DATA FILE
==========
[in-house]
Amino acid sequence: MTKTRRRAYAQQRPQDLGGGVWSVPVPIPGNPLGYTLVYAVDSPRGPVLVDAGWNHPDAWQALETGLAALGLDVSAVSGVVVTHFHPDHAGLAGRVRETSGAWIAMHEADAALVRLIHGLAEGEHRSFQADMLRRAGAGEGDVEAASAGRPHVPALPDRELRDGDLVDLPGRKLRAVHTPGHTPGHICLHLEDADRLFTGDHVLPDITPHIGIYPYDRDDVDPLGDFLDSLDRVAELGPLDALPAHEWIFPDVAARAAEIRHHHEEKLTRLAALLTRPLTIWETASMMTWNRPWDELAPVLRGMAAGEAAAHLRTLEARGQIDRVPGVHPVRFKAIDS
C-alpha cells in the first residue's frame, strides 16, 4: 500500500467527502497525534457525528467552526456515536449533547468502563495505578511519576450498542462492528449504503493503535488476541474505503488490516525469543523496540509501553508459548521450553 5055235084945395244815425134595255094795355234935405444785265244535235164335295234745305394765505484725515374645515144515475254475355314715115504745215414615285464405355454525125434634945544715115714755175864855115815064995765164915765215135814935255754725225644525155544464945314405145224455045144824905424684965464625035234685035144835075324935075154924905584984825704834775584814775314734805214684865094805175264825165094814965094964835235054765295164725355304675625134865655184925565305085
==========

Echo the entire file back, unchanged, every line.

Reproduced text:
[in-house]
Amino acid sequence: MTKTRRRAYAQQRPQDLGGGVWSVPVPIPGNPLGYTLVYAVDSPRGPVLVDAGWNHPDAWQALETGLAALGLDVSAVSGVVVTHFHPDHAGLAGRVRETSGAWIAMHEADAALVRLIHGLAEGEHRSFQADMLRRAGAGEGDVEAASAGRPHVPALPDRELRDGDLVDLPGRKLRAVHTPGHTPGHICLHLEDADRLFTGDHVLPDITPHIGIYPYDRDDVDPLGDFLDSLDRVAELGPLDALPAHEWIFPDVAARAAEIRHHHEEKLTRLAALLTRPLTIWETASMMTWNRPWDELAPVLRGMAAGEAAAHLRTLEARGQIDRVPGVHPVRFKAIDS
C-alpha cells in the first residue's frame, strides 16, 4: 500500500467527502497525534457525528467552526456515536449533547468502563495505578511519576450498542462492528449504503493503535488476541474505503488490516525469543523496540509501553508459548521450553 5055235084945395244815425134595255094795355234935405444785265244535235164335295234745305394765505484725515374645515144515475254475355314715115504745215414615285464405355454525125434634945544715115714755175864855115815064995765164915765215135814935255754725225644525155544464945314405145224455045144824905424684965464625035234685035144835075324935075154924905584984825704834775584814775314734805214684865094805175264825165094814965094964835235054765295164725355304675625134865655184925565305085